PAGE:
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The proper application of lean management techniques to manufacturing processes typically results in process improvements. While the educational process may seem to be somewhat disparate from manufacturing, many of the principles of lean thinking can also be applied to the educational process. This paper examines the implementation of lean management principles in the design and delivery of a traditional lecture-based engineering course – Kinematics of Machines. A large part of the standard engineering curriculum is taught using a traditional lecture-based course delivery mode. The course considered in this paper, Kinematics of Machines, is fairly representative of a lecture-based course. Kinematics is commonly taught as a third year course in the mechanical engineering curriculum. The format of a typical kinematics course relies on lectures, homework, exams, and perhaps a design project as a means for transferring topical knowledge from the instructor to the students. In this paper, lean thinking principles are applied to redesign the kinematics course format to increase the effectiveness and efficiency of the knowledge transfer process. Because kinematics is taught in a common engineering course format, the model presented in this paper is transferrable to a number of other engineering courses. Lean thinking focuses on the definition of the “value” being produced by a process, and the flow of the value through the production stream. A typical value for college courses is the knowledge associated with the course topic with the flow of the course being dictated by the process of transferring this knowledge from the instructor to the students. Proper application of lean thinking improves knowledge transfer in a course, making the process both more effective and more efficient. This paper demonstrates that the implementation of lean thinking at the course level does not require the development of new pedagogical techniques, but rather the proper use and arrangement of existing methods. The first step in modifying the structure of the kinematics course is to build the course around course outcomes rather than course topics. Five outcomes were identified for the kinematics course. A corresponding outcomes-based grading format (specifications grading) was then applied as a means for measuring the student progress through the course. Exams and partial credit grading were eliminated from the course format to remove interruptions and defects from the course flow. Course content was flipped with notes and mini-lectures placed on the learning management system for the course. This made the course content continuously available to students, allowing them to move at their own pace. Classroom meetings focused on active student engagement with students working on assignments and projects, maximizing their ability to interact with one another and the professor. The above course design demonstrated a number of advantages of applying lean thinking to engineering education. Once prepped, a consistent course content is available for multiple sections of the course, as well as future offerings. This saves significant prep time. The use of short video lectures allows for continuous improvement of course delivery by providing students with the ability to provide feedback on the videos and allowing the videos to be updated to clarify points of confusion. The elimination of exams improves the learning process by making an additional 10% of course meeting time available for student interaction. Defect free requirements for homework and project submissions produces a higher level of student commitment to their work and promotes greater learning, while reducing the time required to grade assignments. Student response to the course, obtained via an end of the course survey, indicates a positive reaction to the course that is consistent with the observed behavior of the students during the course. Students favored the mini-lecture videos over live presentation of course material, with many students viewing any given video multiple times. Students took advantage of the outcome based assignments to progress at their chosen rate, with several students finishing the course one or two weeks prior to the end of the term. Proper application of lean thinking produces win-win scenarios. From an engineering education perspective, the win-win scenario is a consistent course offering, with students continuously progressing through the course in a setting that allows the professor and students to maximize individual interactions. An additional win is the minimization of interruptions to the knowledge transfer process with the ability to provide real time feedback that allows students to repair and eliminate defects in learning while also reducing time spent by the instructor in evaluating student submissions.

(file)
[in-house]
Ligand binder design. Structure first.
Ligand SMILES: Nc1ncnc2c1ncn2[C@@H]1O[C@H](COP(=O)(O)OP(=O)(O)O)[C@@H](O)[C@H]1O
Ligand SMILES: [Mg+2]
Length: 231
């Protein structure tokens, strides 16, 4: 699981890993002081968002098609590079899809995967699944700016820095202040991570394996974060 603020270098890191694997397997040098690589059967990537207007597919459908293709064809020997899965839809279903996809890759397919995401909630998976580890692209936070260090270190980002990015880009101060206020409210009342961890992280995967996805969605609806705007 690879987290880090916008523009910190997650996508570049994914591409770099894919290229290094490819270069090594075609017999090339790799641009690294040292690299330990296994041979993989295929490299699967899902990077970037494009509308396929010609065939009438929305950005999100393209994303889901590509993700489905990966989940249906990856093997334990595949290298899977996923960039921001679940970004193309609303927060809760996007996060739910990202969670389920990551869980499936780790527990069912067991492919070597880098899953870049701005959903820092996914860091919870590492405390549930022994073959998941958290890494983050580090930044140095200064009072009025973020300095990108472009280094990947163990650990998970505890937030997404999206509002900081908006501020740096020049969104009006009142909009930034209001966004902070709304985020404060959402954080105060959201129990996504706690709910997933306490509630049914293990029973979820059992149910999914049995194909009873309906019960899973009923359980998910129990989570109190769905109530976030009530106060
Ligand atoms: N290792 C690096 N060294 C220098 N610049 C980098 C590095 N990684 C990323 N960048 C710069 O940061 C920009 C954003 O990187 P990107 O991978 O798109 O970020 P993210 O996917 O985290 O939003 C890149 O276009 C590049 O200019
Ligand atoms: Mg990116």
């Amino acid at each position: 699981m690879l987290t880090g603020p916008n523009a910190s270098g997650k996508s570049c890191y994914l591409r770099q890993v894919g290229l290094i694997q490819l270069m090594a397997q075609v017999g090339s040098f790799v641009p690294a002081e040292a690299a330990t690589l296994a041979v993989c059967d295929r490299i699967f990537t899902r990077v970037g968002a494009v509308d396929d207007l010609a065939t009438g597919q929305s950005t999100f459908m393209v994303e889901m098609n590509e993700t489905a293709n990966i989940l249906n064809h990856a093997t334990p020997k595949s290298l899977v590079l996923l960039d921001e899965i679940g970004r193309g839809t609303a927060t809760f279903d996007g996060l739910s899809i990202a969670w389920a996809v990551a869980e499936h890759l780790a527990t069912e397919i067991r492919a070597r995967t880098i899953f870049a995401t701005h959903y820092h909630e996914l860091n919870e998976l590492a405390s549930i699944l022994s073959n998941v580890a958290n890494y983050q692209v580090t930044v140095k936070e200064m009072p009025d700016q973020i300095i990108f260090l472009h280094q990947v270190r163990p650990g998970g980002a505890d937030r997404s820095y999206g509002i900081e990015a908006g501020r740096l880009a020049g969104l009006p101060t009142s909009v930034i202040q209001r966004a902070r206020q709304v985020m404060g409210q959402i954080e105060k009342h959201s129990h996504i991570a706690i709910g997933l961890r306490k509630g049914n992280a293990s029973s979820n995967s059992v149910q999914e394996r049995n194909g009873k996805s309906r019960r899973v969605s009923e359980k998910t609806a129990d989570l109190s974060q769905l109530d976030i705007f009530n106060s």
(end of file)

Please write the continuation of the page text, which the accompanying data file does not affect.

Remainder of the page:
Mirth, J. A. (2017, June), Applying Lean Thinking to the Structure and Delivery of a Kinematics Course Paper presented at 2017 ASEE Annual Conference & Exposition, Columbus, Ohio.